loading page

Brute force prey metabarcoding to explore the diets of small invertebrates
  • Snorre Flo,
  • Anna Vader,
  • Kim Præbel
Snorre Flo
University Centre in Svalbard

Corresponding Author:[email protected]

Author Profile
Anna Vader
University Centre in Svalbard
Author Profile
Kim Præbel
UiT The Arctic University of Norway
Author Profile


1. Prey metabarcoding has become a popular tool in molecular ecology for resolving trophic interactions at high resolution, from various sample types and animals. To date, most predator-prey studies of small-sized animals (<1 mm) have met the problem of overabundant predator DNA in dietary samples by adding blocking primers/peptide nucleic acids. These primers aim to limit the PCR amplification and detection of the predator DNA but may introduce bias to the prey composition identified by interacting with sequences that are similar to those of the predator. 2. Here we demonstrate the use of an alternative method to explore the prey of small marine copepods using whole-body DNA extracts and deep, brute force metabarcoding of an 18S rDNA fragment. 3. After processing and curating raw data from two sequencing runs of varying depth (0.4 and 5.4 billion raw reads), we isolated 1.3 and 52.2 million prey reads, with average depths of ~15 900 and ~120 000 prey reads per copepod individual, respectively. While data from both sequencing runs were sufficient to distinguish dietary compositions from disparate seasons, locations and copepod species, greater sequencing depth led to better separation of clusters. 4. As computation and sequencing are becoming ever more powerful and affordable, we expect the brute force approach to become a general standard for prey metabarcoding, as it offers a simple and affordable solution to consumers that are impractical to dissect or unknown to science.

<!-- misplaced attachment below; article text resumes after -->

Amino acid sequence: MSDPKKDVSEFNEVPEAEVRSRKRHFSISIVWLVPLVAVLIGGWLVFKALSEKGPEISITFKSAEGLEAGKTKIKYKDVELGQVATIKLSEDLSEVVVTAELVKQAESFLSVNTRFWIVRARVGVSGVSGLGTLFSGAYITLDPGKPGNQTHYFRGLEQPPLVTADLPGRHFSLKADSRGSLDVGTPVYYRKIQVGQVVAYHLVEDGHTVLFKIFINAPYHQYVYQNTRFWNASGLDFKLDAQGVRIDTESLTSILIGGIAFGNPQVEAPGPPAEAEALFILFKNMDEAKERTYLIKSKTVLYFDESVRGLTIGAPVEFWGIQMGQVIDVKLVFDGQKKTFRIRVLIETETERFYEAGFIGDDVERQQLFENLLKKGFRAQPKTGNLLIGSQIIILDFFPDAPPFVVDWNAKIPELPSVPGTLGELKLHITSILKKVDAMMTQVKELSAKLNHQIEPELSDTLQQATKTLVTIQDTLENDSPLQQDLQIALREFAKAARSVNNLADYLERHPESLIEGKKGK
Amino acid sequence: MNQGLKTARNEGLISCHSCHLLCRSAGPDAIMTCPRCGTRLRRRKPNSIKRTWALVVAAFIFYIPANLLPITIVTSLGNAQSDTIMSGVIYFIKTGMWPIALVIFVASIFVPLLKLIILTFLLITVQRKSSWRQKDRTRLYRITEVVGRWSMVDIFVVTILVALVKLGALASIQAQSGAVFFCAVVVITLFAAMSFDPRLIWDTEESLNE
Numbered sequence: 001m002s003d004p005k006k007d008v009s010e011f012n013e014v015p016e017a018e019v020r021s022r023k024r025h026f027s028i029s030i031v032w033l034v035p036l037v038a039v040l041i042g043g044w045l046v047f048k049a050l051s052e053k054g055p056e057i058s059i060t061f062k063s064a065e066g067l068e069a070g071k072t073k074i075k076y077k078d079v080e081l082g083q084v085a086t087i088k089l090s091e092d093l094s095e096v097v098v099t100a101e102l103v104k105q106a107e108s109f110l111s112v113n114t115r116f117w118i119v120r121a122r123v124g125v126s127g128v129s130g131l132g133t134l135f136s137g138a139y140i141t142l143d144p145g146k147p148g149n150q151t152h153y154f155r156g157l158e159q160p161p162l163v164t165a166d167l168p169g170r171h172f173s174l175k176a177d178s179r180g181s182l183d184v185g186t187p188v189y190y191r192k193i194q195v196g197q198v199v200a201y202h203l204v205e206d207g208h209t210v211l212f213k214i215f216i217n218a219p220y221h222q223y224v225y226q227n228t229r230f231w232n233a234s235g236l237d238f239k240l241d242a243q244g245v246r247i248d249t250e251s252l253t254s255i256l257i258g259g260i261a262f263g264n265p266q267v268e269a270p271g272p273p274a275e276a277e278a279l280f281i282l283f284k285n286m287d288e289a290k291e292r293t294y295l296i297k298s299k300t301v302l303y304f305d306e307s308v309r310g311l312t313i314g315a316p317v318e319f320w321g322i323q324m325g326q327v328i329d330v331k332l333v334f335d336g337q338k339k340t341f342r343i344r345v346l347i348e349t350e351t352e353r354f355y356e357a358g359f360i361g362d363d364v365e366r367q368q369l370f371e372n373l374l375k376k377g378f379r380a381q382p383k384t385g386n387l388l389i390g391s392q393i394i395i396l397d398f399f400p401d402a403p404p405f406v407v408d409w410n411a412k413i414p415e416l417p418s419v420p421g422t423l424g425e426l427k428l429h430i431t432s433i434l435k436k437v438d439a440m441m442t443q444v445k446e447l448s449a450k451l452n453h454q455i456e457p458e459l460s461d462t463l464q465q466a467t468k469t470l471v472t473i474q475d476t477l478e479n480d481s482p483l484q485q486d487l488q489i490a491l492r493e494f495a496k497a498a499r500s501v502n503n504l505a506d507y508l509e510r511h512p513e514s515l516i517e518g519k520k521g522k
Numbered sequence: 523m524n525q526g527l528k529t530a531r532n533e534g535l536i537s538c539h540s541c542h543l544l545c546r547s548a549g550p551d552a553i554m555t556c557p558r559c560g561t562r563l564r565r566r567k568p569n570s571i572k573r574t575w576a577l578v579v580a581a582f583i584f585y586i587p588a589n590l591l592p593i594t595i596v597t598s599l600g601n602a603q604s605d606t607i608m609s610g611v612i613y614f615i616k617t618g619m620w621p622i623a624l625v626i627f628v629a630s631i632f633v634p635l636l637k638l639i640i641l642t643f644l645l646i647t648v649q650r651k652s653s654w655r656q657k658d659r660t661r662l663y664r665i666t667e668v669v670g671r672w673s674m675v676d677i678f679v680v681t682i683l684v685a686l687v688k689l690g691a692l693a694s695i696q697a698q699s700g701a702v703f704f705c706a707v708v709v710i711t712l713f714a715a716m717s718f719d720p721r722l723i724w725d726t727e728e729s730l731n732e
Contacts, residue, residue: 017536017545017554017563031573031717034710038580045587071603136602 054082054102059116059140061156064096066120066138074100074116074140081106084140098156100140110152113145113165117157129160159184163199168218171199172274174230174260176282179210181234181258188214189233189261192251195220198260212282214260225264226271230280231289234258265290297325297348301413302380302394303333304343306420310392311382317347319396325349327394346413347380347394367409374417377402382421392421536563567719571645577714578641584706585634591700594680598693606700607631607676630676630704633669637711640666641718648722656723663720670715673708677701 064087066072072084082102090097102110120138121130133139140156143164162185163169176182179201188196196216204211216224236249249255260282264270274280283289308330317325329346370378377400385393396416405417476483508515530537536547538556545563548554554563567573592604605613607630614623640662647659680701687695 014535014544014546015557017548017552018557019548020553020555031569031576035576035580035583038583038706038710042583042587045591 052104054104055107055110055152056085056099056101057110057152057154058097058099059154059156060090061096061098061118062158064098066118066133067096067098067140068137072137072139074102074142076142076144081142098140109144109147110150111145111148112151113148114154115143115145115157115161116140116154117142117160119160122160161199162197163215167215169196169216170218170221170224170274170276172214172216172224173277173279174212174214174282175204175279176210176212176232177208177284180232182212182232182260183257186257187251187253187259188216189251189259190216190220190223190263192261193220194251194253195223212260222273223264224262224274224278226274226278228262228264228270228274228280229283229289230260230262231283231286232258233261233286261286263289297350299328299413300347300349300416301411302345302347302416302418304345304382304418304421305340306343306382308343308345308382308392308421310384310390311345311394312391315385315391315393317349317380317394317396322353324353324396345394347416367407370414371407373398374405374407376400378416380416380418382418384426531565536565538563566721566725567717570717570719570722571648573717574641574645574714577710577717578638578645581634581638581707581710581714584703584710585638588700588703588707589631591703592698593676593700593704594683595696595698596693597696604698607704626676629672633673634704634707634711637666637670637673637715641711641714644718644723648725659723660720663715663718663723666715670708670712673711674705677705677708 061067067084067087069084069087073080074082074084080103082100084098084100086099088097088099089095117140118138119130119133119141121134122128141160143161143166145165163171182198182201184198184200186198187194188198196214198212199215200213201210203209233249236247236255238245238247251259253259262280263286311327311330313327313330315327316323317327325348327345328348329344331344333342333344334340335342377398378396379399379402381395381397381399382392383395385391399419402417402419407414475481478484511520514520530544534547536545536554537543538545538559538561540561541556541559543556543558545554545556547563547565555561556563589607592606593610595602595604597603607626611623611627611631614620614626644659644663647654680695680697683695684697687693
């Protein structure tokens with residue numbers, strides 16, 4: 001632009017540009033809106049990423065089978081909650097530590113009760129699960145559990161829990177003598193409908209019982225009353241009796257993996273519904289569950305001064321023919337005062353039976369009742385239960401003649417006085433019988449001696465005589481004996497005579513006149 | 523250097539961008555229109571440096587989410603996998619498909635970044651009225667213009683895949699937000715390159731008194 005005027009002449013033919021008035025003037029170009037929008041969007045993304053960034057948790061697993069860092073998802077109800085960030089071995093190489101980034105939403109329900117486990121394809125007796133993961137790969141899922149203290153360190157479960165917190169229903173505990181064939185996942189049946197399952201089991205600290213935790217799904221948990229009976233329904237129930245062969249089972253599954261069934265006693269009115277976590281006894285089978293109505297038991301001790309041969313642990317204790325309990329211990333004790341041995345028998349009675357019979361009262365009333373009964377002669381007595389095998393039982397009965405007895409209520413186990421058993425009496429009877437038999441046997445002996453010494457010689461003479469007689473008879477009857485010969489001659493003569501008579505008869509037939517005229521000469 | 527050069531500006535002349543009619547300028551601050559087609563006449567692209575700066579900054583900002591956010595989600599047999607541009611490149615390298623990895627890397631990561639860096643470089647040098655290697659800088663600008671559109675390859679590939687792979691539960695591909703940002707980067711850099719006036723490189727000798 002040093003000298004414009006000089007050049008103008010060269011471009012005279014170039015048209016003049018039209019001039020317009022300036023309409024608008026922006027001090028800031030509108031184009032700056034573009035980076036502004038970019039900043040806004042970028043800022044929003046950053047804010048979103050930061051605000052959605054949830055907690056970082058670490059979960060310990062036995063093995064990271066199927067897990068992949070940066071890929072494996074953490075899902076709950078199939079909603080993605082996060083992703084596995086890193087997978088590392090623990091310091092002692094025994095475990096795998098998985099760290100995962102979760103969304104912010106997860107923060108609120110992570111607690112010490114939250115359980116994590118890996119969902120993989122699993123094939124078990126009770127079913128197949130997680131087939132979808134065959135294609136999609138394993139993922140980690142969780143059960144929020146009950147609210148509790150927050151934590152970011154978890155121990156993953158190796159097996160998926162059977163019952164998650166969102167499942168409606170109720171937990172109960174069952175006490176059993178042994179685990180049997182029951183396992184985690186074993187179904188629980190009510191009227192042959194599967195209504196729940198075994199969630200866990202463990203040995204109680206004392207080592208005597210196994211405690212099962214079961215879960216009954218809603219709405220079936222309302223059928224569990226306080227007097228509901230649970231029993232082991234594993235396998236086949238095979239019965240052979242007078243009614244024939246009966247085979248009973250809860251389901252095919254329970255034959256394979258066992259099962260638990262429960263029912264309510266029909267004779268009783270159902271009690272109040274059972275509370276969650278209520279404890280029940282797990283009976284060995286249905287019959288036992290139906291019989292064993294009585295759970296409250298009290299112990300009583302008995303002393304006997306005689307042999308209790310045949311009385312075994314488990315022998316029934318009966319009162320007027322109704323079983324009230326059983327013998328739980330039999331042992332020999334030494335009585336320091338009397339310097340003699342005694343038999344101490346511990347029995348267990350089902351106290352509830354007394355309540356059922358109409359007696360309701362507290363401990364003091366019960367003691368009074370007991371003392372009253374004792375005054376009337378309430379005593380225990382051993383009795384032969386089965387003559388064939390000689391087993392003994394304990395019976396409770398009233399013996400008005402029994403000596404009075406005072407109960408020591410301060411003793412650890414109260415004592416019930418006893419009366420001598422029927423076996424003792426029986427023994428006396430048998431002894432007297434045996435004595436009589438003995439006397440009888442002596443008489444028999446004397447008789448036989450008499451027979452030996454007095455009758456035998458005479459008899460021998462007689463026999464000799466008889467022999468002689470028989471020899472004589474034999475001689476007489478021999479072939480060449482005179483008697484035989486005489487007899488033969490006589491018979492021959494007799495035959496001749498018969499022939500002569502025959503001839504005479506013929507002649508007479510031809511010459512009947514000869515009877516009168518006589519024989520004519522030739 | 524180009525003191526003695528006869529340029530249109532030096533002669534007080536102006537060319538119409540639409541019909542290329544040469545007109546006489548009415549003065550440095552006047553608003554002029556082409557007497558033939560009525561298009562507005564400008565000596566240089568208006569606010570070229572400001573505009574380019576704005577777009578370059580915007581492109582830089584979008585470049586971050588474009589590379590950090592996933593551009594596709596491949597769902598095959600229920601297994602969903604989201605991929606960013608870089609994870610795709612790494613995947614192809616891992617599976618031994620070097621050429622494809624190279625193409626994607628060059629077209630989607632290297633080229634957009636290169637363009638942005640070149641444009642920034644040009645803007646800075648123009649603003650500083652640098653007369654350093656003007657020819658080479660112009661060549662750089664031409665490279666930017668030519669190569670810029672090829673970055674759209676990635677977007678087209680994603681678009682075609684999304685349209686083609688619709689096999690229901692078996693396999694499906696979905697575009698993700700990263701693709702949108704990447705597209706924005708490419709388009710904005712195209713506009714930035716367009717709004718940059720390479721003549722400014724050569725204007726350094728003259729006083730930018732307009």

11 Nov 2023Submitted to Ecology and Evolution
14 Nov 2023Assigned to Editor
14 Nov 2023Submission Checks Completed
20 Nov 2023Reviewer(s) Assigned